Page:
Among coastal jet-setters, Iowa has a reputation as a “fly-over” state, a boring place young people can’t wait to leave. Fast forward a few years, however, and you’ll find a striking reversal: a notable percentage of Iowans return to the state later on. Some are searching for more affordable housing or safer cities, for others it’s better schools. For a real-world example, you need look no further than our Business Manager, Kirk Russell. His profession has taken him all over the country and even overseas, yet here he is, half an hour away from where he was born.
Sac City, Iowa, Kirk’s birthplace, is home to the world’s largest popcorn ball, a fact that probably doesn’t do much to dispel Iowa’s fly-over reputation. Still, Sac City is a prosperous small town, a good place for Kirk and his three older siblings to grow up in the 1950s and ’60s. Orville Russell owned two filling stations and was a Texaco Oil jobber who supplied other stations. He kept his sons busy pumping gas and washing windows at the family stations on Main Street. A talented student-athlete, Kirk graduated from the local high school in 1965.
After a year attending Drake University in Des Moines with the idea of pursuing a legal career, he transferred to the University of South Dakota in Vermillion, graduating with a degree in sociology. While there he met and married Debbie Herbrandson, a music major who grew up in the nearby town of Alcester, S.D. They moved to San Antonio, Texas, so that Kirk could do graduate work at Texas Christian University. After completing two years of a three-year program, they switched gears and moved back to Iowa, where Kirk served as Director of Financial Aid and Placement at Briar Cliff College in Sioux City and Debbie received her degree in accounting. Following this, the Russells held positions in business and accounting, moving through various cities in the Midwest, on to Trinidad, West Indies, and ending up eventually in Visalia, California. When the older of their two boys was five, they realized that they wanted their children to attend better schools than were available in California, and they chose to move back to Iowa.
Shortly after returning to his home state in 1990, Kirk saw a tiny classified ad in the Des Moines Register advertising a business manager position at a small manufacturing company in Lake City. Among other requirements, the ad said, “Must be familiar with Macintosh computers.” Since he had once turned on a Mac, he figured he was qualified. Fortunately, he had solid business skills that filled our needs, and he and his family soon moved to Lake City.
It was unusual for a company of our size at the time to employ a full-time business manager. In smaller shops, the owner often runs everything out of his back pocket. Though few, there have been several failures in the industry, often involving people who were fine craftsmen but found themselves at sea when managing customer deposits of hundreds of thousands of dollars for projects spanning several years. Lynn Dobson determined that in order to focus more fully on the artistic aspect of building organs, someone other than he should be responsible for daily management of the business.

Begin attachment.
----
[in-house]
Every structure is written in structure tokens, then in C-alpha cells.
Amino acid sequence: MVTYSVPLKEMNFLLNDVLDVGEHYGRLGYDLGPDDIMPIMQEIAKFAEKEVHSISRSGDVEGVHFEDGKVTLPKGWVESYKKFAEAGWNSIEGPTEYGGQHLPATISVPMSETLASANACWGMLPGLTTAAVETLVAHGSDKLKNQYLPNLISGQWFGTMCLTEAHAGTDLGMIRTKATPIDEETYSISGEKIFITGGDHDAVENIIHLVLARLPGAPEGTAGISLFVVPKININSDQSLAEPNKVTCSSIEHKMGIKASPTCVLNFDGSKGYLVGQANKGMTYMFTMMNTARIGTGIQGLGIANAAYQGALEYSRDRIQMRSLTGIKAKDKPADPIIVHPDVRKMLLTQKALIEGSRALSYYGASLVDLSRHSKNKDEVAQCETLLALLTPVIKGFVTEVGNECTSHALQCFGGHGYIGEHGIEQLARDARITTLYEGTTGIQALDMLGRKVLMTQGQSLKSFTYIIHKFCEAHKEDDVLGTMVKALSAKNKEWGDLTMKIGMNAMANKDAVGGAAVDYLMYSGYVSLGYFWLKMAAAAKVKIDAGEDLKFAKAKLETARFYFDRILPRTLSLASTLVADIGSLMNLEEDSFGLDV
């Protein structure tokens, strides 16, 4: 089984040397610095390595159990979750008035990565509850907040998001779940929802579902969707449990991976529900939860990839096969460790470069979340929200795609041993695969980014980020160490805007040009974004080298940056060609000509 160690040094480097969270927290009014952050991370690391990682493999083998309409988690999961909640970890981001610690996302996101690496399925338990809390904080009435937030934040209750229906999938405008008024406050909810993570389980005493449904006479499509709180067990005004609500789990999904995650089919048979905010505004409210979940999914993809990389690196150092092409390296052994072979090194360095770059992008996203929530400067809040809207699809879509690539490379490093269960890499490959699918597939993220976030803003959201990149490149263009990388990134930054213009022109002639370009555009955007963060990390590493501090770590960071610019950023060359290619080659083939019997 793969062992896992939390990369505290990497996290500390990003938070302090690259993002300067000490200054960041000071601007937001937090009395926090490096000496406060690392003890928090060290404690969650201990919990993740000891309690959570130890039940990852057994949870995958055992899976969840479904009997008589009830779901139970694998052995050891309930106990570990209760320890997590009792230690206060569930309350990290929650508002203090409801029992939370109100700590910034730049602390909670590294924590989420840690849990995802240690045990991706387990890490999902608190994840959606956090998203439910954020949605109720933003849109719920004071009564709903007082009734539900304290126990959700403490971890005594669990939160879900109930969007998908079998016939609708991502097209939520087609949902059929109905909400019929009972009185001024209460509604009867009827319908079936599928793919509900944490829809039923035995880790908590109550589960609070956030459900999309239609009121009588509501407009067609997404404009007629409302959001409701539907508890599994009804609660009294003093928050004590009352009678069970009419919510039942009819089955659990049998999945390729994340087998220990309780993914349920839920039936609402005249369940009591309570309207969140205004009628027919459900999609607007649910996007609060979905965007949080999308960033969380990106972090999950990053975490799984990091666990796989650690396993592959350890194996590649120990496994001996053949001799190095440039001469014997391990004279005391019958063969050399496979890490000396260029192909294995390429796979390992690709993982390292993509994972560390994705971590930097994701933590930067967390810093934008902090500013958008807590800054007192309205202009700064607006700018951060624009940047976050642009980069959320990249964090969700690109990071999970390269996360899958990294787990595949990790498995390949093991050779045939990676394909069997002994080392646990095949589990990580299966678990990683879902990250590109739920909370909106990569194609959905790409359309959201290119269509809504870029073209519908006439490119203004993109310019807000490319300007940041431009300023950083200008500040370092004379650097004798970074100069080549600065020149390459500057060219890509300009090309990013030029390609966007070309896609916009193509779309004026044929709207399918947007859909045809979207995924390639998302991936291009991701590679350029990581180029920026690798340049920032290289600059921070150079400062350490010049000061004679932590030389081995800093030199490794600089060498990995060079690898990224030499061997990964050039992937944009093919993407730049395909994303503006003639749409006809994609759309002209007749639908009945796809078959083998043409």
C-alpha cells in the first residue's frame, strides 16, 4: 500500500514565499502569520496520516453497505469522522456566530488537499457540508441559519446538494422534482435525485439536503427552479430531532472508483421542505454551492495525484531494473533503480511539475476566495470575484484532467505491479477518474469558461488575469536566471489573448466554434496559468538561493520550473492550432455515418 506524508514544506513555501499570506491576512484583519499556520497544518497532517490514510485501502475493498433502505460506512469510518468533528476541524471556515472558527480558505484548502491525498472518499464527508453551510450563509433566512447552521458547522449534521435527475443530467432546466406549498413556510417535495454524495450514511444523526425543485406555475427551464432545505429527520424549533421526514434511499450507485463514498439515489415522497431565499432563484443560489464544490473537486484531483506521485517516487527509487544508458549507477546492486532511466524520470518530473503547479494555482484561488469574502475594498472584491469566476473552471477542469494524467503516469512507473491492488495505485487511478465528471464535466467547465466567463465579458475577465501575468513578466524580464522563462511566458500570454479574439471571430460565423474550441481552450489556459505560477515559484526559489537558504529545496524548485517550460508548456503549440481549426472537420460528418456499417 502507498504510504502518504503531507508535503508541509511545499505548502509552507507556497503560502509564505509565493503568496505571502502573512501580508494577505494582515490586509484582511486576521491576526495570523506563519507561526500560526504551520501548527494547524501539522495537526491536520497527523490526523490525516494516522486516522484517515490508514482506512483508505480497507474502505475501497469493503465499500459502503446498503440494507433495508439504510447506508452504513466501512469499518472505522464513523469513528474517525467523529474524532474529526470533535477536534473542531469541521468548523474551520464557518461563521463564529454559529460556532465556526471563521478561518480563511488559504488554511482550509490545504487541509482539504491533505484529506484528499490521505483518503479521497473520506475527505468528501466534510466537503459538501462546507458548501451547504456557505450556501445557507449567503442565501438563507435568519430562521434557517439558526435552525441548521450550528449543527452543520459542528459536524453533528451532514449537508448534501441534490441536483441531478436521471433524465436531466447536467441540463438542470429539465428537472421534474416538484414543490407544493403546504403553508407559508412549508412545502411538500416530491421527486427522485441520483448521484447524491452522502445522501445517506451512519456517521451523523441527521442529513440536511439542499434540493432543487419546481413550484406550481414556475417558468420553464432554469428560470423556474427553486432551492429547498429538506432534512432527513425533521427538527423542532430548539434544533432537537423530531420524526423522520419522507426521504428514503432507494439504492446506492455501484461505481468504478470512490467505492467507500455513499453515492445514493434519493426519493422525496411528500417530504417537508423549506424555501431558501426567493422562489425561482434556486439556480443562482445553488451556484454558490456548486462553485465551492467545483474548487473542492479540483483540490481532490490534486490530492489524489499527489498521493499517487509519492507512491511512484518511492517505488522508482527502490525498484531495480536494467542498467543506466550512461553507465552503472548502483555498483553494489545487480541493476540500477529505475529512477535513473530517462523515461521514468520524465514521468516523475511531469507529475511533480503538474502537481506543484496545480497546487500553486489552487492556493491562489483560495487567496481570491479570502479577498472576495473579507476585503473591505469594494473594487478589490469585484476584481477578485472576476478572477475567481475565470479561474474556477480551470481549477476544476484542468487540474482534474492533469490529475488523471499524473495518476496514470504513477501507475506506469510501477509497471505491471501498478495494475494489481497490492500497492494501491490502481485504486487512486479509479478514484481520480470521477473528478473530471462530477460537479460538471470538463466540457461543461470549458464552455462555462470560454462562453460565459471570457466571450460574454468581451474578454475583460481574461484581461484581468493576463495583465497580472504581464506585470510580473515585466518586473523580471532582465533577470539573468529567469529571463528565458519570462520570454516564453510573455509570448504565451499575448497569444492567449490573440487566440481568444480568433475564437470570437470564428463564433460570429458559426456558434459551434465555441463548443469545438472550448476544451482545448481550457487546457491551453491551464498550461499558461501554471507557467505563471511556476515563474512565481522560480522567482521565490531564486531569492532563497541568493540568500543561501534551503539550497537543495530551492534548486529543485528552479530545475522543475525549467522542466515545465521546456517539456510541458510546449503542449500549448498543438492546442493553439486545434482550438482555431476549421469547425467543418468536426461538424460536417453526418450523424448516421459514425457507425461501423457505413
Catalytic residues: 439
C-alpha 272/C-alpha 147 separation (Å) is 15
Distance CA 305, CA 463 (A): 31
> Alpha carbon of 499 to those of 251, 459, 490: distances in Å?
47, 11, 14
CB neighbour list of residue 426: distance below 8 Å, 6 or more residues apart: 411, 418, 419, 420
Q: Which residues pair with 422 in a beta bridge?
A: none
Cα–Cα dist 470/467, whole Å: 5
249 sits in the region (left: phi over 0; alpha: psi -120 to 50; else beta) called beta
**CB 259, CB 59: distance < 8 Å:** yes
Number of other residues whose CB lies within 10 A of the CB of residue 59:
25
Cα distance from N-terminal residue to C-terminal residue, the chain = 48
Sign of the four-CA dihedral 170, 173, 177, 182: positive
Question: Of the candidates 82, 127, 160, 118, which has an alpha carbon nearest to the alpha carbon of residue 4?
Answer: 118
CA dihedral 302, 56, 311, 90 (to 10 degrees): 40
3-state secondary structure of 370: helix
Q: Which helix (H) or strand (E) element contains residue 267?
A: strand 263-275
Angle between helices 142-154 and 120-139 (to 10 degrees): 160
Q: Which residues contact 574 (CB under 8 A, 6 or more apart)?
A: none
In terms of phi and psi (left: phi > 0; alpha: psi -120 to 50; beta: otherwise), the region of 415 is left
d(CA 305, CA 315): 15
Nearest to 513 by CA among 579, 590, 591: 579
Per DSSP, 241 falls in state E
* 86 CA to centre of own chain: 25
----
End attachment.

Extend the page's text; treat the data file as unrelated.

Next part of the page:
As the Business Manager of Dobson Pipe Organ Builders, Kirk would be the first to say that nothing he does is very glamorous. Paying the bills doesn’t draw admiring attention from organ aficionados as might carving pipeshades or voicing reeds. Still, clients and suppliers quite reasonably expect that all business dealings with us will be handled promptly and correctly. In the thousand unsung details of running a business, from dealing with bankers and insurance agents to making budgets, doing payroll, controlling inventory, cost accounting and arranging maintenance of company vehicles, Kirk carries out his duties efficiently, effectively and with good humor.
To his wide-ranging business experience must be added Kirk’s service to country and community. He was in ROTC, and after moving back from Texas served as Executive Officer of his local Army Reserve unit, attaining the rank of Captain before going on inactive status. More recently, he served on our local school board, on the Calhoun County Ambulance Commission, and on the board of the Domestic/Sexual Abuse Outreach Center.
When his sons moved away from home and his wife was named Chief Financial Officer of Friendship Haven, a retirement community in Fort Dodge, Iowa, Kirk and Debbie moved from Lake City to be closer to her job. Kirk now has an eighty-mile daily commute across some of that fly-over farmland. For him, relaxation always involves activity, and it frequently leads him to the mountains: he has conquered the summits of Mt. Whitney, Long’s Peak, Pike’s Peak and others, and has hiked rim-to-rim through the Grand Canyon.
Climbing a mountain: not a bad analogy for the business of building an organ. Kirk helps us keep an eye on the goal while managing our resources to meet that goal, which also allows us to enjoy the view along the way.
drawn from The Organbuilder, Spring 2007
Dobson Pipe Organ Builders, Ltd.
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